Tuesday, October 03, 2006

Talking Spirits VIII: Ebenezer Brigham

First, if you missed the posts on the 2005 Talking Spirits tour, you can read them at the following links. Part 1 might especially be of interest, since it relates a great deal of cemetery history which I won't go into again this year. A few of the actors from last year's tour returned for this one, including Liz Angle, Ben Conklin and Tom Lodewyck. Also of note, one of the stops that was a last minute cancellation on last year's tour (see Part 2) was included again this year.

Part 1: Intro
Part 2: The Tour Continues
Part 3: Confederate Rest & Soldiers Lot


Map of this year's tour

One of my favorite fall events in Madison is the annual “Talking Spirits” tour through historic Forest Hill Cemetery. During the two-hour tour, visitors meet a half dozen “spirits” – some of Madison’s most prominent sons and daughters – and hear their fascinating stories. Presented by the Wisconsin Veterans Museum, the event focuses on a different conflict each year, with this year’s emphasis being on the Civil War – also known as the War Between the States. I've copied this year's map so that you can follow the path we took through the cemetery, beginning near number 34 and ending near number 29. Though we only traversed half the cemetery, it was a meandering route and not at all flat.

As is customary, the tour began at Catlin Chapel, where the director of the WVM shared information about the museum and cemetery, then introduced our guide and we were on our way.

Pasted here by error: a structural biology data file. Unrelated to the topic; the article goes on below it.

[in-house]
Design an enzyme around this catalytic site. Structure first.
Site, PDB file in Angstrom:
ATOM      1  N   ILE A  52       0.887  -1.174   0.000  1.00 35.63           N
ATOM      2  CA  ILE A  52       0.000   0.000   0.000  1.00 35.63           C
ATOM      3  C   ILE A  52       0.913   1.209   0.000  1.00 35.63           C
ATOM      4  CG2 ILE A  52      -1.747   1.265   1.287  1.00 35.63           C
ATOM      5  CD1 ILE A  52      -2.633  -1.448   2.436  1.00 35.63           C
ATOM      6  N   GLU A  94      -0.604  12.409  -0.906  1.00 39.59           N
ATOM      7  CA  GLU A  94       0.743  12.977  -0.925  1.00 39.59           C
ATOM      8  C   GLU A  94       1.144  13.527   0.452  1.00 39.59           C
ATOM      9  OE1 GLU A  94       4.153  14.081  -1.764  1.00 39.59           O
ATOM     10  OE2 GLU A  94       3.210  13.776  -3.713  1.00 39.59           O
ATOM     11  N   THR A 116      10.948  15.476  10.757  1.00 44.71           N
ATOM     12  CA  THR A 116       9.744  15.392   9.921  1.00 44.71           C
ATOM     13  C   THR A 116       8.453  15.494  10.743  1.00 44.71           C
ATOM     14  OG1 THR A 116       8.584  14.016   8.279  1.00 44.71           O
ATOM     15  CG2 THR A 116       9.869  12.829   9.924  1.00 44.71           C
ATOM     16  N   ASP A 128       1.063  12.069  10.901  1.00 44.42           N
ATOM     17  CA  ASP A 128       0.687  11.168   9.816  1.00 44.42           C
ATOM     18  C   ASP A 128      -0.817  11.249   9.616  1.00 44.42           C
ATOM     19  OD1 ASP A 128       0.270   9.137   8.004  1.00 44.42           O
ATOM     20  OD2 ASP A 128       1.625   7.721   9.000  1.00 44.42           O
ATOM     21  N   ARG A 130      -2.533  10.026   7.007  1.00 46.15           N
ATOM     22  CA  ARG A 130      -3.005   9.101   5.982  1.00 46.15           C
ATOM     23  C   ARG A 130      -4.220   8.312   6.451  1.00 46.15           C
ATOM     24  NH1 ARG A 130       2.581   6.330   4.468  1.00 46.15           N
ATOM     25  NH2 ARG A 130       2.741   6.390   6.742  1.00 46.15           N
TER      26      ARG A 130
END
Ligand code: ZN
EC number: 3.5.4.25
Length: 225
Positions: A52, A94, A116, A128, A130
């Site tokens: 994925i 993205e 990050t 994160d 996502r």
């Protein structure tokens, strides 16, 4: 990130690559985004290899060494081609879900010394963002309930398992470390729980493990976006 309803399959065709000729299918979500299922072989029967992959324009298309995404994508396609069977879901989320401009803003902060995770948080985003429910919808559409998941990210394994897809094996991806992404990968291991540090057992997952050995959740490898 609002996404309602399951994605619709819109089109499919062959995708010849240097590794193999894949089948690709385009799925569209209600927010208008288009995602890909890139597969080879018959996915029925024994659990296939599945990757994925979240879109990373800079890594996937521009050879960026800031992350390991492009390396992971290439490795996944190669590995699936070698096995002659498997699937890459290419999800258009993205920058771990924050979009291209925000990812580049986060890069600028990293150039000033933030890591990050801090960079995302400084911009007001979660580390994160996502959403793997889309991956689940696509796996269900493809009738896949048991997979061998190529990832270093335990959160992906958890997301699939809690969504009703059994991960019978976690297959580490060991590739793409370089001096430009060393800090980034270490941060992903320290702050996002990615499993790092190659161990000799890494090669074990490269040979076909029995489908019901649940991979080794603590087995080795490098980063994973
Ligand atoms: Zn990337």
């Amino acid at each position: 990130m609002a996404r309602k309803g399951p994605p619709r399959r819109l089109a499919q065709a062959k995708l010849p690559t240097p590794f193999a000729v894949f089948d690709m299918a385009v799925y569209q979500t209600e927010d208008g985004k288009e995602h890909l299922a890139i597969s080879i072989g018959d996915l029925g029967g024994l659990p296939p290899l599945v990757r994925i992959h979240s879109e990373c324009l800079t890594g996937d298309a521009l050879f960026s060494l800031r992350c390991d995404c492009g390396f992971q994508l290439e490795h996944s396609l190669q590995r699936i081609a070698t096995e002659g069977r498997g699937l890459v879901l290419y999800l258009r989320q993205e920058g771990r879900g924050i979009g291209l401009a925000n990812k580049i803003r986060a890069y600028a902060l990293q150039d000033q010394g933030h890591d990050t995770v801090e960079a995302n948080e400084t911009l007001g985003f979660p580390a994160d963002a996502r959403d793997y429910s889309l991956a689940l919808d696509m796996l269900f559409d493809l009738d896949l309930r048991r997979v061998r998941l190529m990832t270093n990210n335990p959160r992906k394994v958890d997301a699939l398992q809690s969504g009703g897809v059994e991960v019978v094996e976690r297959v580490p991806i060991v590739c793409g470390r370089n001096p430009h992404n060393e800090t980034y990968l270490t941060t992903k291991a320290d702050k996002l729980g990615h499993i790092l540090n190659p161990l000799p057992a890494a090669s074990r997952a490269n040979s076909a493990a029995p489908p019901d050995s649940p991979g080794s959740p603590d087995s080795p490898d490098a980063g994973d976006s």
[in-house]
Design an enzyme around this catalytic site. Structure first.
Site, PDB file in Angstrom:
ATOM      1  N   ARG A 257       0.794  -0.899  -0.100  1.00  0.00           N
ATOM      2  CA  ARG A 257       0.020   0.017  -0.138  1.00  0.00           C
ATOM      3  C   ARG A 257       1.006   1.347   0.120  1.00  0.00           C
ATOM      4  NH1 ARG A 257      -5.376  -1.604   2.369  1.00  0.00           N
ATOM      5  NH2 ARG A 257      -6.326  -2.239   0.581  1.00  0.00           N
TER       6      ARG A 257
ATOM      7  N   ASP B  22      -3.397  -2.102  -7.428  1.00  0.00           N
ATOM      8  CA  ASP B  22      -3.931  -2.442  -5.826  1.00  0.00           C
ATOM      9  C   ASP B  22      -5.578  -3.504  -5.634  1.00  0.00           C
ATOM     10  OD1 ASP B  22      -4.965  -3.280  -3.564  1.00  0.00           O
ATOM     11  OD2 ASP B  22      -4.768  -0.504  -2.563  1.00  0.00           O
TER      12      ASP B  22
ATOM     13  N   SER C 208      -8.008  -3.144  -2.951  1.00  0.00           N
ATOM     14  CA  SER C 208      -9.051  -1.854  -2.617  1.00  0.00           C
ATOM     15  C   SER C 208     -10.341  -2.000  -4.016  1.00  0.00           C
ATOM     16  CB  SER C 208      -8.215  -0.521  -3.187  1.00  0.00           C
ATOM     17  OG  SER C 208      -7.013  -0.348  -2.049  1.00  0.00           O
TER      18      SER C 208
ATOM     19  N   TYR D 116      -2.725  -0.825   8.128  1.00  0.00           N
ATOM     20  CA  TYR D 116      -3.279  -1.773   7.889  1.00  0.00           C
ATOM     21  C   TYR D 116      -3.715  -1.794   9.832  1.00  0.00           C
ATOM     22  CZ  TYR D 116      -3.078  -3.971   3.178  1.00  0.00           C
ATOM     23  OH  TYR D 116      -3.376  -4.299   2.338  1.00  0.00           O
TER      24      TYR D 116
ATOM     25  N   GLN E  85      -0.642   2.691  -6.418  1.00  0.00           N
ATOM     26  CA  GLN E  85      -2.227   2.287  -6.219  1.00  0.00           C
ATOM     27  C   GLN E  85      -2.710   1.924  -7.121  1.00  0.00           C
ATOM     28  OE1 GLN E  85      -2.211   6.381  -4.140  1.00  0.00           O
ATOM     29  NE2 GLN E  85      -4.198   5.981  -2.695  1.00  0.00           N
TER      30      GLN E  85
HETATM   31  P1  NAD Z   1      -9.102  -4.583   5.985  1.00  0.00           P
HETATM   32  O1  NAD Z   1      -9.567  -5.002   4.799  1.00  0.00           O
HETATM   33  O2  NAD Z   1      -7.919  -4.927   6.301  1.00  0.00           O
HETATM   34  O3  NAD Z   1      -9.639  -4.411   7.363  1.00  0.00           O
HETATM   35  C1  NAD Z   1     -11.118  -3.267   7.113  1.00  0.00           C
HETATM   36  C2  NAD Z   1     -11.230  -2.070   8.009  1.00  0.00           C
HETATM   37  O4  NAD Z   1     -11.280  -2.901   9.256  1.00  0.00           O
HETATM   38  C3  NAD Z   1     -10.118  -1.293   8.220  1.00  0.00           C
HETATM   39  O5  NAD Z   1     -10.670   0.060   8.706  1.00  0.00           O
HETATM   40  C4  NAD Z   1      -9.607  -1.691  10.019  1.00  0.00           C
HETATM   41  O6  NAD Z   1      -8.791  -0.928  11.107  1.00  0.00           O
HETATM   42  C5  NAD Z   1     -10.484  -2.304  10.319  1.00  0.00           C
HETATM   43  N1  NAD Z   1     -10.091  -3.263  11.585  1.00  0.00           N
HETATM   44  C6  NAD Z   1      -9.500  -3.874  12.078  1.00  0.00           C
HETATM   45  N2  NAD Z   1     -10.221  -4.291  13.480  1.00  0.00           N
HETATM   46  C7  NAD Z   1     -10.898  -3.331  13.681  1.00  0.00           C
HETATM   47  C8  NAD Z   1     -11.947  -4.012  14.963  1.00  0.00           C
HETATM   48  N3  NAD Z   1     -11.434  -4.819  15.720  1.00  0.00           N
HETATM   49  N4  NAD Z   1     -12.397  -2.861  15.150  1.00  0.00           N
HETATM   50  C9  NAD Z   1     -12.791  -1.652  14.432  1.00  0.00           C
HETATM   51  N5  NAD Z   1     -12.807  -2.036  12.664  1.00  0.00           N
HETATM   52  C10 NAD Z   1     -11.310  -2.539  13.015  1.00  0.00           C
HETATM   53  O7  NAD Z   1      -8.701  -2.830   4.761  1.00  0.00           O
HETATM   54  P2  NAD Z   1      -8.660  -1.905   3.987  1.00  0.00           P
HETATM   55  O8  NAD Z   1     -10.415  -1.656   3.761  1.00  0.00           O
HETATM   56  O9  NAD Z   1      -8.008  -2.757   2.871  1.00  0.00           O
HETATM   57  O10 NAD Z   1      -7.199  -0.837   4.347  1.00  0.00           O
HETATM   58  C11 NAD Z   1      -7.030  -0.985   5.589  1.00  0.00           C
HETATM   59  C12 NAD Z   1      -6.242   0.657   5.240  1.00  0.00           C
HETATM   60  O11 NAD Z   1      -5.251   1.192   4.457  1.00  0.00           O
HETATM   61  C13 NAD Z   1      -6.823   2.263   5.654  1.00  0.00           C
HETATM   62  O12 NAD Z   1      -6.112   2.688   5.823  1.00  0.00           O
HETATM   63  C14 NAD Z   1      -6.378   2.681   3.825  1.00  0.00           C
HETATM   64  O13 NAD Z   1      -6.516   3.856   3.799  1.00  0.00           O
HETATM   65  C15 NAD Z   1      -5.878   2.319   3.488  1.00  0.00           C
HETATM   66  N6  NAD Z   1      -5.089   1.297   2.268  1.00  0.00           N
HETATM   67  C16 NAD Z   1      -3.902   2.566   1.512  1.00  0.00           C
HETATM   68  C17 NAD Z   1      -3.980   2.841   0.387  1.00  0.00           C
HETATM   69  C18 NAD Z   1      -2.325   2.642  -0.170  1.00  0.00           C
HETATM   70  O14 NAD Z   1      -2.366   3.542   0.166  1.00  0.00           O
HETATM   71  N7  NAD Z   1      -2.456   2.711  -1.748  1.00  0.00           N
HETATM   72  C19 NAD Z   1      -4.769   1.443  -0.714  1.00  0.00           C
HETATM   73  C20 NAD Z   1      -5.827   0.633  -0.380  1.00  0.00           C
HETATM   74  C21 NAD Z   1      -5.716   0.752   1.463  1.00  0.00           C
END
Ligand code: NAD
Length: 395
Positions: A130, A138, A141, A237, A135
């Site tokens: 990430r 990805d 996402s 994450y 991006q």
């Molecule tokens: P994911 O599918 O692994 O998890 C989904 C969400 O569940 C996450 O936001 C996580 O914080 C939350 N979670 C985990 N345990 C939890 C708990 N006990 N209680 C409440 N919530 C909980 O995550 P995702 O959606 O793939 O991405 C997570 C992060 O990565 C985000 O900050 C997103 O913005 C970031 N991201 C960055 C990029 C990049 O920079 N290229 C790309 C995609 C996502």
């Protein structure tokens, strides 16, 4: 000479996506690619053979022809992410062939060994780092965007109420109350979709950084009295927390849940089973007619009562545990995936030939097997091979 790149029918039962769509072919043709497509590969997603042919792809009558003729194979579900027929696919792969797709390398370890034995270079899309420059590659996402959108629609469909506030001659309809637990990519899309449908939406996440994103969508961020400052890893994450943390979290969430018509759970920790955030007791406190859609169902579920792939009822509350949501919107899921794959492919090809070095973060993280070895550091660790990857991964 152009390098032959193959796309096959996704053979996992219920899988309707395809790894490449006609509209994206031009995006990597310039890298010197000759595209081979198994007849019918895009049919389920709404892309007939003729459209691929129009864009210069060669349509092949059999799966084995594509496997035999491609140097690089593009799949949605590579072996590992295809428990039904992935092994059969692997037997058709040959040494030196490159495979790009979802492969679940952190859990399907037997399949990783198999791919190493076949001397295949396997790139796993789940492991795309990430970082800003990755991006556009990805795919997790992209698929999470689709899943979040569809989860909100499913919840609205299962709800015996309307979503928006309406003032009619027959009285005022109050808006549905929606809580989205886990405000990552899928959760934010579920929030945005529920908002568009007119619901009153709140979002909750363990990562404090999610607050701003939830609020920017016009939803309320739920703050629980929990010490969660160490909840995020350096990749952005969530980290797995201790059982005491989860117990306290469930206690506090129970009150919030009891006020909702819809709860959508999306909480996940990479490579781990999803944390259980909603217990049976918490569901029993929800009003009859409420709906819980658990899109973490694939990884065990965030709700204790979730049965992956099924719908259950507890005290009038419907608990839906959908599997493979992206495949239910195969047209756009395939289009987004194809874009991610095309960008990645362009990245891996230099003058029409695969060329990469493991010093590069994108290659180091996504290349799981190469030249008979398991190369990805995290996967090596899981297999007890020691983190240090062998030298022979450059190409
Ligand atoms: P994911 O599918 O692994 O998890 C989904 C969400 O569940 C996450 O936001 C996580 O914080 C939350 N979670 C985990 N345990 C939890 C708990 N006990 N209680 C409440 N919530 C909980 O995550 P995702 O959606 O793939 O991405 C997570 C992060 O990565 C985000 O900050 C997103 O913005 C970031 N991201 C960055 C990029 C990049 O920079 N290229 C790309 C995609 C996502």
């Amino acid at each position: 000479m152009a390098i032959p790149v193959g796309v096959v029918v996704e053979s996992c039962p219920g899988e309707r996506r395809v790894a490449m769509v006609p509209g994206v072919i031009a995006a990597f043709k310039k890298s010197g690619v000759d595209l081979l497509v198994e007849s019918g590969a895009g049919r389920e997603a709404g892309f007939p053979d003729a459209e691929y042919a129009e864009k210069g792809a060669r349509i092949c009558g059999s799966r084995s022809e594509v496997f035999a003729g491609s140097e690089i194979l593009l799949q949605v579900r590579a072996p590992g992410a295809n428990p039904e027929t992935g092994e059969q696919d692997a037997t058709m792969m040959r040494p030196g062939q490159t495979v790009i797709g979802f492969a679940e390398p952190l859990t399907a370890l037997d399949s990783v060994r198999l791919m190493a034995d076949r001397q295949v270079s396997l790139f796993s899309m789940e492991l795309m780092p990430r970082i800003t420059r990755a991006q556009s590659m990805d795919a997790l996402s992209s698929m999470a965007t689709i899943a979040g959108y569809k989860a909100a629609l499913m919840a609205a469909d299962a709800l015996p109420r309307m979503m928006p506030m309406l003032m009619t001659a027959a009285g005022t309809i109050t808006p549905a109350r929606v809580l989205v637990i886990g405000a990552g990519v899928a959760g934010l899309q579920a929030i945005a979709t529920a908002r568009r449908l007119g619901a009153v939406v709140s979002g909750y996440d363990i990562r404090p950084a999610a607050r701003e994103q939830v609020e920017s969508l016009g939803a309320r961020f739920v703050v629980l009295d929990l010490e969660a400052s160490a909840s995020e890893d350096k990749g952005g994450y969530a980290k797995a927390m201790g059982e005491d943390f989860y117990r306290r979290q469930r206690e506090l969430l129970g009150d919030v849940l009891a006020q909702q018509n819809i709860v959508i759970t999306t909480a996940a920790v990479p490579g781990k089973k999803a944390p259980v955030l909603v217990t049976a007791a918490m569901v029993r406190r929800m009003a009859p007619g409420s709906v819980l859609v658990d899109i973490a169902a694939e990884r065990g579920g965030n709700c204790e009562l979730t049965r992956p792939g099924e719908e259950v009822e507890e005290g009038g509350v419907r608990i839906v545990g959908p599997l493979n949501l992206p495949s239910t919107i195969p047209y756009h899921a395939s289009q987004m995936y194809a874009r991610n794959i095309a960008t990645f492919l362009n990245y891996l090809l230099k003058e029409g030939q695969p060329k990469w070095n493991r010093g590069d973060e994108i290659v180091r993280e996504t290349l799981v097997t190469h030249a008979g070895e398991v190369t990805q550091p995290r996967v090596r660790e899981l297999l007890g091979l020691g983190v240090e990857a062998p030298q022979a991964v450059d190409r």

We started towards the first stop on the tour, our guide pointing out some of the different aspects of cemetery architecture, as well as a few stones belonging to prominent Madisonians: the large silver sphere of Tenney, the tall and overly pretentious obelisk of Henry Vilas, the plot owned by the Shipman family – Stephen Shipman having been a great architect who built many of the early buildings in Madison and who literally helped rebuild Chicago after the Great Fire.

At last we came to the first spirit of this year’s tour, Ebenezer Brigham (portrayed by John Eichenlaub), who “politely” instructed us to move along up the road as he was “there first.” Silence, as he went back to his whittling, then realizing we were still there, he relented to tell us about himself. Brigham was indeed here first — or at least, he was the first permanent white settler of Dane County. He came west to St. Louis where lead was reported to be found, moved to Galena, IL, and then north to what is now Blue Mounds, where he struck the mother lode. Native Americans were also mining the hills, though their tools and methods were much more primitive, and left Brigham to his own. However, word soon spread of his bounty and miners quickly swarmed north.

Recognizing an opportunity when he saw one, Brigham opened a store for the prospectors, regularly traveling down to Galena or up to Green Bay for more supplies. It was during one of his supply trips up to Fort Winnebago that he camped on a beautiful isthmus nestled between two pristine lakes. So taken was he by the sunrise over the eastern lake the next morning that he later remarked it was at that moment he knew great city would one day be built there.

A year later he met a surveyor by the name of James Doty and told him of the narrow spit of land rising between the lakes. Doty traveled to the spot and was so taken with it that he purchased 12 acres for $1500 and named his new city after President James Madison. Both a street and a park bear the Madison name as well. Brigham served on the first Territorial Council and in 1836 pushed to make Madison the state capitol. He served until 1842, and later served a term in the assembly. He was a veteran of both the Red Bird uprising of 1827 and Black Hawk War of 1832. He died in 1861. Providing a panoramic view of the Wisconsin River Valley, Brigham County Park near Blue Mounds was named in his honor.

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